Based mainly in eastern Varos, the Cult of the Moon is a niche religious order founded in the late 23rd cycle by a mystic theologian, Dov Gamma, who believed that the ethical complexities inherent within most "mainstream" religions tended to divide and exclude, whereas that which is right can only prevail when acceptance is made paramount- even if it meant welcoming criminals and former heretics into his flock. Establishing his first chapel in the town of Hilan, Gamma immediately gained notoriety for helping to reform a repentant witch whom had been forced to take sanctuary within his walls.
The chapel, which was originally called "The Reform Temple of the Common Gods" received its current name from critics, who decried it as nothing more than a fake church where thieves, prostitutes, dark magi users, and even murderers, all people who work "under the moon," might gather to convince themselves that they still held audience with the gods, wash their hands of their dirty deeds during the day, and resume their dark practices the following night. To a certain extent, the description was accurate; all manner of deeply troubled individuals gathered under the chapel's roof to seek forgiveness and guidance, but it was not a cynical affair: Gamma, and later, his closest students, practiced a form of deep, confessional dialog, touching on issues of sin and reparation. Those who attended were accepted, no matter their flaws, but they were also expected to make changes in their own life, to seek out that which is right in their hearts, as opposed to simply following rules.
Today, the Cult of the Moon has established dozens of humble houses of worship throughout eastern Varos, the northern Kingdoms, and western Elvan Realm, and is managed by Syd Zuqostygen, one of Gamma's last living students. Members of the Cult, once dismissed as falsely pious, are now usually recognized as properly religious.
That Which Is Right Edit
The Cult believes that "good" is archetypal, that is, that the peoples of Anvaris can sense it naturally. Within are certain fundamental qualities: the brotherly love of all peoples, the acceptance and uplifting of all, the forgiveness and reparation of past transgressions, the protection of nature's bounties, and the preservation of orderly, civilized life. The exact truth at the heart of each matter however is often difficult to quantify, or put into words eloquently. For that reason, That Which is Right is not necessarily that which is enshrined in law. The Cult recognizes that there are many circumstances which govern the lives of mortals which separate them from the divine or allegorical role models often presented in mainstream religious orders. Thus there is distinction drawn between transgressions against the law, transgressions against righteousness, and sin, with the latter representing only acts which the sinner knew were indefensible before their manifestation.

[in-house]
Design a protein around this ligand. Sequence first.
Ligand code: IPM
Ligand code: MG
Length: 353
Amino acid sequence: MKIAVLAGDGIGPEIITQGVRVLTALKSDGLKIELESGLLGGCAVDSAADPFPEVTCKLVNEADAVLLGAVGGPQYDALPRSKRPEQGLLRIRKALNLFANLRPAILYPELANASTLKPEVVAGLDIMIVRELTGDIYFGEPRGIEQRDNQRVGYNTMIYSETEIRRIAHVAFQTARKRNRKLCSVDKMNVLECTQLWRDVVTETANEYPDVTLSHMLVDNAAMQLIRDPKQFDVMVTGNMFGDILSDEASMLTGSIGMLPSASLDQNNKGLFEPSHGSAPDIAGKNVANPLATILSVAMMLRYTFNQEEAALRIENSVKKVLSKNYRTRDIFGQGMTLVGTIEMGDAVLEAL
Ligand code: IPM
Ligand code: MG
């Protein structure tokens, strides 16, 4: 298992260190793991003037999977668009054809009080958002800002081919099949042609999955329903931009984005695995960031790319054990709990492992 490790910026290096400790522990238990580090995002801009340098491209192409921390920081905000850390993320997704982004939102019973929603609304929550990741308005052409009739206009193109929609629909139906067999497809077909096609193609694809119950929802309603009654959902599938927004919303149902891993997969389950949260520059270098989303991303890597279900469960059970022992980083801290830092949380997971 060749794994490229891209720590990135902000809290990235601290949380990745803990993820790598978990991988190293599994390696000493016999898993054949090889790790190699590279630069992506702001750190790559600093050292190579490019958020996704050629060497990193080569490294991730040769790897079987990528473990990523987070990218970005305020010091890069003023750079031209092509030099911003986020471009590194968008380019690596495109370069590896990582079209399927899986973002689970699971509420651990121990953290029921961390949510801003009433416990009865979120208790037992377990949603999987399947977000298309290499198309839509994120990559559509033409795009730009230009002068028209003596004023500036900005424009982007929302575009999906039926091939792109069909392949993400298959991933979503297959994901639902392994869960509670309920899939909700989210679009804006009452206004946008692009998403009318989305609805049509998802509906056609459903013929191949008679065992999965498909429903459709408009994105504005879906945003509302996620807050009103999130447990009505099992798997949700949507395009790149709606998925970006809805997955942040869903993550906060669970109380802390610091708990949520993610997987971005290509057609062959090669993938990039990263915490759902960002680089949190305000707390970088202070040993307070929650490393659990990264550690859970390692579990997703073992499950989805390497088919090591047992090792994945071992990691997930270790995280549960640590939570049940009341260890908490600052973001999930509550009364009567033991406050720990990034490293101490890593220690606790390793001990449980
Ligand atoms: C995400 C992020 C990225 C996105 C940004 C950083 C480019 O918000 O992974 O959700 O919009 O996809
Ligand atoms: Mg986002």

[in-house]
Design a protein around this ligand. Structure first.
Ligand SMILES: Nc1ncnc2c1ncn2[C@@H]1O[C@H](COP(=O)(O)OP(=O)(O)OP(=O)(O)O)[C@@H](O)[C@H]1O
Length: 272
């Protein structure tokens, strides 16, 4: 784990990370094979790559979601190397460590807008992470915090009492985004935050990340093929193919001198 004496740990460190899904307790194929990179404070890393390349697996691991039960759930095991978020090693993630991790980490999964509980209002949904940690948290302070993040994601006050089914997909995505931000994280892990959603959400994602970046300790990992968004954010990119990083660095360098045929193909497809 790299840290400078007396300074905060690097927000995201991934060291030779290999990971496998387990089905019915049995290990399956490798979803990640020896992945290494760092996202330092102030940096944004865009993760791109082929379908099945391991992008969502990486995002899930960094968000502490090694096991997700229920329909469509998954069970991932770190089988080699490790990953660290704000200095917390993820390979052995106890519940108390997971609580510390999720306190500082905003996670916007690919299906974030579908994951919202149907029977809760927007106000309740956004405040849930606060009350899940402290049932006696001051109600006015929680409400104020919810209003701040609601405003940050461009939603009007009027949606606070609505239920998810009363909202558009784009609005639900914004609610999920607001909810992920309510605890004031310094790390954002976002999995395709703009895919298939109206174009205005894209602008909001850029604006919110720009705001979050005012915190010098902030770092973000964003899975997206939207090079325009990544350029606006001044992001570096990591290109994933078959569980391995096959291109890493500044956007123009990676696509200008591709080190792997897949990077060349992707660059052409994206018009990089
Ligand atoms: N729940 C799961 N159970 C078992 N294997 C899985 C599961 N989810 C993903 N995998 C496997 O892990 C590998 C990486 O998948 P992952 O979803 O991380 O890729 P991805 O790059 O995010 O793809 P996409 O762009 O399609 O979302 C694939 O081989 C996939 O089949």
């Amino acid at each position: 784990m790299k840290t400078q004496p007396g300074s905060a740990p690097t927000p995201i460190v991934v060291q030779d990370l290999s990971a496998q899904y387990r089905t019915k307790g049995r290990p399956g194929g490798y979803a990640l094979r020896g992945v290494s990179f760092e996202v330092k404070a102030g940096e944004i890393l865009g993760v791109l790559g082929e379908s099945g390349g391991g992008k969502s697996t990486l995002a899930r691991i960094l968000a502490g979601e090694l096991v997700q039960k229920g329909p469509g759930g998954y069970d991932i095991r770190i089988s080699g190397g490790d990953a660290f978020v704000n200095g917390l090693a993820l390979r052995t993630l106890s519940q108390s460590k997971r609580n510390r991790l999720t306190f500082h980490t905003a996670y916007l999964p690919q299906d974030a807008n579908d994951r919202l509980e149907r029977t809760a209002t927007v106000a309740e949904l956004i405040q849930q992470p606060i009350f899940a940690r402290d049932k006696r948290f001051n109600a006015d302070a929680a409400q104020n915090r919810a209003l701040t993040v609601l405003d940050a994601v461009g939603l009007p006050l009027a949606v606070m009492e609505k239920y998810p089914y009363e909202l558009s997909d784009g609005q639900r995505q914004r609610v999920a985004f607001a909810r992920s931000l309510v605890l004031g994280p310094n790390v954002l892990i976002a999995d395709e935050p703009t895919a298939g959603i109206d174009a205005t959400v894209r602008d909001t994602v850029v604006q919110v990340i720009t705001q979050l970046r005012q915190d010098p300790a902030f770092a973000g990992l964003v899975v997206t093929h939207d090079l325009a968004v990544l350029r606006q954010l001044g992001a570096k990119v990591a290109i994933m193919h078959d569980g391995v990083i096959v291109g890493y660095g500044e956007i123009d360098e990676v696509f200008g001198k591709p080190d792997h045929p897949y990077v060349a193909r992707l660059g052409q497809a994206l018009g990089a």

Those who have performed a transgression which the congregation agrees only violates the law, and not the sense of moral decency and good which permeates the realm, are protected with impunity. Those who have acted against those qualities listed above, regardless of the act's lawfulness, must examine their choices and recognize the inherent tragedy and the extent of suffering they have inflicted upon the world. The necessary changes within their life should then become evident; improvement is expected and fully supported. Those who have sinned must first make a pact to cease sinning, and then to begin a lengthy process of self-inflection, examining not just the sin itself, but the painful transgressions against the sinner by those in the sinner's past, which may have normalized or motivated the present behavior. Those who are able to will themselves to lay bare the heart of their own tragedy will then be ready to change their ways, as the root of their sin can no longer control them.